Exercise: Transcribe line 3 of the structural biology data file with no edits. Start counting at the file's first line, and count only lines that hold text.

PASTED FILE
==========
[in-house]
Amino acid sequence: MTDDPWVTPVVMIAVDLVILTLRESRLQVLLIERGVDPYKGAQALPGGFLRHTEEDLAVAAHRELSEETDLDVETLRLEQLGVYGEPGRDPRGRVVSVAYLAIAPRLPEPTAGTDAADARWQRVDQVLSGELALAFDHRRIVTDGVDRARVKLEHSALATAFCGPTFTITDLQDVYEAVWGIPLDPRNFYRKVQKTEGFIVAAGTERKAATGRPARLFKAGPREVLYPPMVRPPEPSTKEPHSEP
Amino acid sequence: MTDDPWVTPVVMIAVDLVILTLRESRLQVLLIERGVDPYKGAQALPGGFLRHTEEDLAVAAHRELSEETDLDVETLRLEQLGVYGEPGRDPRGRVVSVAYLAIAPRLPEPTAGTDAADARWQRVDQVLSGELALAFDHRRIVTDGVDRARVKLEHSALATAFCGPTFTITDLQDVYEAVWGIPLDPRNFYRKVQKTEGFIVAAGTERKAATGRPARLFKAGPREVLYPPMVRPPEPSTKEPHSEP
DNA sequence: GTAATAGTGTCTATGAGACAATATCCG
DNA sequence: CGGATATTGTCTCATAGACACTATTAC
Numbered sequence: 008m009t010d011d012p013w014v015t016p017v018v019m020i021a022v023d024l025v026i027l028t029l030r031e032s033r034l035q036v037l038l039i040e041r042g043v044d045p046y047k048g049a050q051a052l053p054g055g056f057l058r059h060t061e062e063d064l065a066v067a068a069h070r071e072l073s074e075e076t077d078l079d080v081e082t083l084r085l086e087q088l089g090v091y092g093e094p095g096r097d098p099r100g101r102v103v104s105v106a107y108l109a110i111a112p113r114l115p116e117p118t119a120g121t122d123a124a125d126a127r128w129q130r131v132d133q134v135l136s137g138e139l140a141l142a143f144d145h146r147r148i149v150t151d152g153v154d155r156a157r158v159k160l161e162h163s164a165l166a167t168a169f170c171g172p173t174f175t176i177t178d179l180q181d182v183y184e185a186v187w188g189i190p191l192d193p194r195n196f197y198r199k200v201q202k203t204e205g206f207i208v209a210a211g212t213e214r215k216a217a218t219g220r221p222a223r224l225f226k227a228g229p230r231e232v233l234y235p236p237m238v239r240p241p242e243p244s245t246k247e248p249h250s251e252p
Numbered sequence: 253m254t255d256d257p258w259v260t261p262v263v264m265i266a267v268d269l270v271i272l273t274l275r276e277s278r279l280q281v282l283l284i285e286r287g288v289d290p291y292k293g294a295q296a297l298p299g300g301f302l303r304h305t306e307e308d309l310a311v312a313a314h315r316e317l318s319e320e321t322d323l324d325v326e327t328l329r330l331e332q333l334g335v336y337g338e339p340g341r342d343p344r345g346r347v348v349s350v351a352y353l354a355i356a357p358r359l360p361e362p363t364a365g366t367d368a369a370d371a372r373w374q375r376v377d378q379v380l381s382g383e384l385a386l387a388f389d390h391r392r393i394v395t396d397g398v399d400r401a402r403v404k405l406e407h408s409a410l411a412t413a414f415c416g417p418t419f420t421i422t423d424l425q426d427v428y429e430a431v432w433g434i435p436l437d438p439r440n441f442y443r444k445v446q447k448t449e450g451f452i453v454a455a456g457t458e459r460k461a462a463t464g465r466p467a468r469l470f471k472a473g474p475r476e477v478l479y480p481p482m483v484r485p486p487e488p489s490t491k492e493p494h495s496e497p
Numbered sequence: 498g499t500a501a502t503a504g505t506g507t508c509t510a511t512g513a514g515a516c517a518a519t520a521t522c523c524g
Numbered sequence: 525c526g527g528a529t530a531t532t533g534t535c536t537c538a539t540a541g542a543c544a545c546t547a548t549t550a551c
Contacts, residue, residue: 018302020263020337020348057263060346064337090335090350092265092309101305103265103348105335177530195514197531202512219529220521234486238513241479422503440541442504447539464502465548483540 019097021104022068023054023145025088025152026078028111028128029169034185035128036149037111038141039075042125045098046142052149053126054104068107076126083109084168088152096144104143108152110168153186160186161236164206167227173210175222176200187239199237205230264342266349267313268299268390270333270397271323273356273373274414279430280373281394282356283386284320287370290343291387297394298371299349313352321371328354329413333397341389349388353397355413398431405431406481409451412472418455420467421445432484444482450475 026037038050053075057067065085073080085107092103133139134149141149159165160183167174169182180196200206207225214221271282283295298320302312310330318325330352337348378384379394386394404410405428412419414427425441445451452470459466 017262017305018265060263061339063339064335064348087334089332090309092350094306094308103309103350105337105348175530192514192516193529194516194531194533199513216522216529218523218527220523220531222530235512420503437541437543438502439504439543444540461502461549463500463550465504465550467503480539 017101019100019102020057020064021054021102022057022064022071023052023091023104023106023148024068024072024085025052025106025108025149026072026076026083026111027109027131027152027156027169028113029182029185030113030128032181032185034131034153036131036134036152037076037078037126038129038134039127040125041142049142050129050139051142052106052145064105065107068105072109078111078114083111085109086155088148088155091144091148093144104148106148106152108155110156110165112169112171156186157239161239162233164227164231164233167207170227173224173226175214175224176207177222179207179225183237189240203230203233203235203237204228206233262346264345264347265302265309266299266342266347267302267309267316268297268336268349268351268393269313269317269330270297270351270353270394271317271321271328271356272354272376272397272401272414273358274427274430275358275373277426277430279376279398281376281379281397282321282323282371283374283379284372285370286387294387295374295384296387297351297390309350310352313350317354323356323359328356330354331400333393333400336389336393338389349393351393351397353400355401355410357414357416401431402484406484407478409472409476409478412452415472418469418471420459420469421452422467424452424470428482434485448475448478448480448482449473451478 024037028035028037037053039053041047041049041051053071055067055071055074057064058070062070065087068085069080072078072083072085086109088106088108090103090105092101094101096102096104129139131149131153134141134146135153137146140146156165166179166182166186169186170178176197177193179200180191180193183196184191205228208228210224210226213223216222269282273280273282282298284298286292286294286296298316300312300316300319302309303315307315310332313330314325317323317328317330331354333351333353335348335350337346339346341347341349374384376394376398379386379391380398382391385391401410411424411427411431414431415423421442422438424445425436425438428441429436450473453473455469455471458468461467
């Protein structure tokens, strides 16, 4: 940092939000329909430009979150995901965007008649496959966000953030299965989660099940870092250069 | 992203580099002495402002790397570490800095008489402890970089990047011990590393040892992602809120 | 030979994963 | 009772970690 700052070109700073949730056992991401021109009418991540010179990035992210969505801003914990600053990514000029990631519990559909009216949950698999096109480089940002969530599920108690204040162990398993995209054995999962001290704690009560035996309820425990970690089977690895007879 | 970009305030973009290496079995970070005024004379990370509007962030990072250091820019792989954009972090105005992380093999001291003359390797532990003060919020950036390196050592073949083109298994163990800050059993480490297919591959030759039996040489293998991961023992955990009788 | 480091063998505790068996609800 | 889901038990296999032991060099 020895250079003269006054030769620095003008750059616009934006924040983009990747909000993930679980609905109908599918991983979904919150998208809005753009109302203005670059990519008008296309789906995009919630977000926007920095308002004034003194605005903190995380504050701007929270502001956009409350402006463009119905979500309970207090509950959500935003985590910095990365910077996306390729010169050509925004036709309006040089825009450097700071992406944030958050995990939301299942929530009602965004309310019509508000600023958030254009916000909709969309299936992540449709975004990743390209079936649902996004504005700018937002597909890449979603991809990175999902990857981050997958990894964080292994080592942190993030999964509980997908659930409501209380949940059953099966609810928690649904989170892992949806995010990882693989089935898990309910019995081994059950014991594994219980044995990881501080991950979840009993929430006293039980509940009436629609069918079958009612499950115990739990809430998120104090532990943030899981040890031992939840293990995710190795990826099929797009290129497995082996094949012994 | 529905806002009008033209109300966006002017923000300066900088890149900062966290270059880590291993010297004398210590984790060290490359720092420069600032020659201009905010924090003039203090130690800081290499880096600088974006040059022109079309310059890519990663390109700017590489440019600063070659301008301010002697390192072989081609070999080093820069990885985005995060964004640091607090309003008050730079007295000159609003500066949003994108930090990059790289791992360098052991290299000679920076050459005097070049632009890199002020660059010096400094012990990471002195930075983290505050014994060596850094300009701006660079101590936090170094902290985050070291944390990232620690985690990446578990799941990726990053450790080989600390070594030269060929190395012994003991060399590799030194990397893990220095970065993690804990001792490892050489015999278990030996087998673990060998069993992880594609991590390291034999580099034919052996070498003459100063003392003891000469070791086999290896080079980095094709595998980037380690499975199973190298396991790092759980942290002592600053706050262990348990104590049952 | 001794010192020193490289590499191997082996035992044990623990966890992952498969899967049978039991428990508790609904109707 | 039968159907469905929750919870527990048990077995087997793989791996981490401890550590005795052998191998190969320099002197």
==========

Amino acid sequence: MTDDPWVTPVVMIAVDLVILTLRESRLQVLLIERGVDPYKGAQALPGGFLRHTEEDLAVAAHRELSEETDLDVETLRLEQLGVYGEPGRDPRGRVVSVAYLAIAPRLPEPTAGTDAADARWQRVDQVLSGELALAFDHRRIVTDGVDRARVKLEHSALATAFCGPTFTITDLQDVYEAVWGIPLDPRNFYRKVQKTEGFIVAAGTERKAATGRPARLFKAGPREVLYPPMVRPPEPSTKEPHSEP